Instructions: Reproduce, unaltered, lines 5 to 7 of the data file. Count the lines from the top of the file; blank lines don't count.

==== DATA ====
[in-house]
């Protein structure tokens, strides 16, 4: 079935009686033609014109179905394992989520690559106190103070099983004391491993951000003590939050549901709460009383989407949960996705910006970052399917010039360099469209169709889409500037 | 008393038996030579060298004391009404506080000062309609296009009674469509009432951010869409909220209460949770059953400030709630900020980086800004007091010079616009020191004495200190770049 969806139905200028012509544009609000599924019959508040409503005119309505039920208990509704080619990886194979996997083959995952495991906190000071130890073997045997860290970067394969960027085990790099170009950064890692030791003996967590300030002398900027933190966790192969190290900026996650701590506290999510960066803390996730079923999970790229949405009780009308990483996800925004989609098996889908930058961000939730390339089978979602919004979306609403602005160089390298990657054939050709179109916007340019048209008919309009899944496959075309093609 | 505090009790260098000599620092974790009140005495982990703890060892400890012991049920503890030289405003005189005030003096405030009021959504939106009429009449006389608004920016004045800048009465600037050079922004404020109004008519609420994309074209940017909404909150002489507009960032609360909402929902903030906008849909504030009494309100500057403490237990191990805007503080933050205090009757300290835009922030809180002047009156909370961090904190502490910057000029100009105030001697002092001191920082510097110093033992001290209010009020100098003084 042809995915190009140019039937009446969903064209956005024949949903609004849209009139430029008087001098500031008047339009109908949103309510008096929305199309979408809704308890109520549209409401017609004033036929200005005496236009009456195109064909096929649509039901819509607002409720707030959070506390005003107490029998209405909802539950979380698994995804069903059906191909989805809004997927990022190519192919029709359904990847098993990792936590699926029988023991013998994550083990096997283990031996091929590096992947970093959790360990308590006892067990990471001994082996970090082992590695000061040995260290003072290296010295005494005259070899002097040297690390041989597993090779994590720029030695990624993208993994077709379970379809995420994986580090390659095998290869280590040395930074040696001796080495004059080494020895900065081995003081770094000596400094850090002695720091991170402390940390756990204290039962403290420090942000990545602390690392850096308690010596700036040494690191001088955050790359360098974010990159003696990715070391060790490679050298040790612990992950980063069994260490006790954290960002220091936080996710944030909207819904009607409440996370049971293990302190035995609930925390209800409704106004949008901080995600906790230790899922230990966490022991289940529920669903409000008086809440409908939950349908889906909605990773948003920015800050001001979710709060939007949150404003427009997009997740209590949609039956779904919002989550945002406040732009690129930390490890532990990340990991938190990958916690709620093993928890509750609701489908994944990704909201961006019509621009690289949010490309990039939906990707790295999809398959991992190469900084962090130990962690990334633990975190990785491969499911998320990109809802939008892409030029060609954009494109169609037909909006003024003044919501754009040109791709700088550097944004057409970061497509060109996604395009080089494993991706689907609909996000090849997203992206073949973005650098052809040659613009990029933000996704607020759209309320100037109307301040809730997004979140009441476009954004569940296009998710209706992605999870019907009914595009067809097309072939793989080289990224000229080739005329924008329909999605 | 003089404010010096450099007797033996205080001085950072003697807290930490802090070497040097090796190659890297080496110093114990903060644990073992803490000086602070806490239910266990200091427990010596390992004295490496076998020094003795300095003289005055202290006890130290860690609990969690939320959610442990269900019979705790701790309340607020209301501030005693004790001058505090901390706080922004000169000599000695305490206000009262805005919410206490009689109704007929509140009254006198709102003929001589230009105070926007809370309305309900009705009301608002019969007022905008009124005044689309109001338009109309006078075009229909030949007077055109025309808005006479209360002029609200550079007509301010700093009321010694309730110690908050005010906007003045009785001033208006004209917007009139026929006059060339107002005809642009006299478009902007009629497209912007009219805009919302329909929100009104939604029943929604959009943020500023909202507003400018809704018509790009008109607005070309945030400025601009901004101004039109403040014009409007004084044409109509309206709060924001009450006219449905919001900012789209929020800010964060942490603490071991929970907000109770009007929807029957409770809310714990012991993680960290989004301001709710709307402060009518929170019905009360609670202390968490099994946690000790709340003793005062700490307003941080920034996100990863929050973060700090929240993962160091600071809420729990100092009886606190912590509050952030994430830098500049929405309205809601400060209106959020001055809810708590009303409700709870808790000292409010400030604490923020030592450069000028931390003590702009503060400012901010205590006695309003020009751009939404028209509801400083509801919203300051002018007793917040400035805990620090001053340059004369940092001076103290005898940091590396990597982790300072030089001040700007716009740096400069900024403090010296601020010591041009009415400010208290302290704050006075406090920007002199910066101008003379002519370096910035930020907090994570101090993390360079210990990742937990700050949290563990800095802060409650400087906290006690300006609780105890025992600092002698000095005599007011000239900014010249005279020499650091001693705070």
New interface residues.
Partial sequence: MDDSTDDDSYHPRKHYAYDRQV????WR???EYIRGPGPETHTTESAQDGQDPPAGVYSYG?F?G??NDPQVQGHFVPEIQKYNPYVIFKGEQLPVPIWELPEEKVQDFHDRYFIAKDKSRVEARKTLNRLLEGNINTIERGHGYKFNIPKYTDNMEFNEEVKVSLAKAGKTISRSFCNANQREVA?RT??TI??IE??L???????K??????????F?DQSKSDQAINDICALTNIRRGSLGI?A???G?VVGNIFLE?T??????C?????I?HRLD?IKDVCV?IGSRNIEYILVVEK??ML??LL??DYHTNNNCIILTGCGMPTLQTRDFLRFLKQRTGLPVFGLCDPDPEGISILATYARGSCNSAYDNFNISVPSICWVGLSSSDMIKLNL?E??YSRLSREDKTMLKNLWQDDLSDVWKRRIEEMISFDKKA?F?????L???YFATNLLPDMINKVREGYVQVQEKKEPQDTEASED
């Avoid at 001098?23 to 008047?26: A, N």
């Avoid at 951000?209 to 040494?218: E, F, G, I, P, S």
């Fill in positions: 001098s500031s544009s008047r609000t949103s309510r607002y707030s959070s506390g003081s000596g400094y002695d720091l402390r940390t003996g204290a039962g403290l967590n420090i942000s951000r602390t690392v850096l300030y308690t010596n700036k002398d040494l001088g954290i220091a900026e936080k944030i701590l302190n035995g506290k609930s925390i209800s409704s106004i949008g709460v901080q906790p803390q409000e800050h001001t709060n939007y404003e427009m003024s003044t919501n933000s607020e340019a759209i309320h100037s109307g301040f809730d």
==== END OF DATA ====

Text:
């Avoid at 001098?23 to 008047?26: A, N």
């Avoid at 951000?209 to 040494?218: E, F, G, I, P, S």
């Fill in positions: 001098s500031s544009s008047r609000t949103s309510r607002y707030s959070s506390g003081s000596g400094y002695d720091l402390r940390t003996g204290a039962g403290l967590n420090i942000s951000r602390t690392v850096l300030y308690t010596n700036k002398d040494l001088g954290i220091a900026e936080k944030i701590l302190n035995g506290k609930s925390i209800s409704s106004i949008g709460v901080q906790p803390q409000e800050h001001t709060n939007y404003e427009m003024s003044t919501n933000s607020e340019a759209i309320h100037s109307g301040f809730d």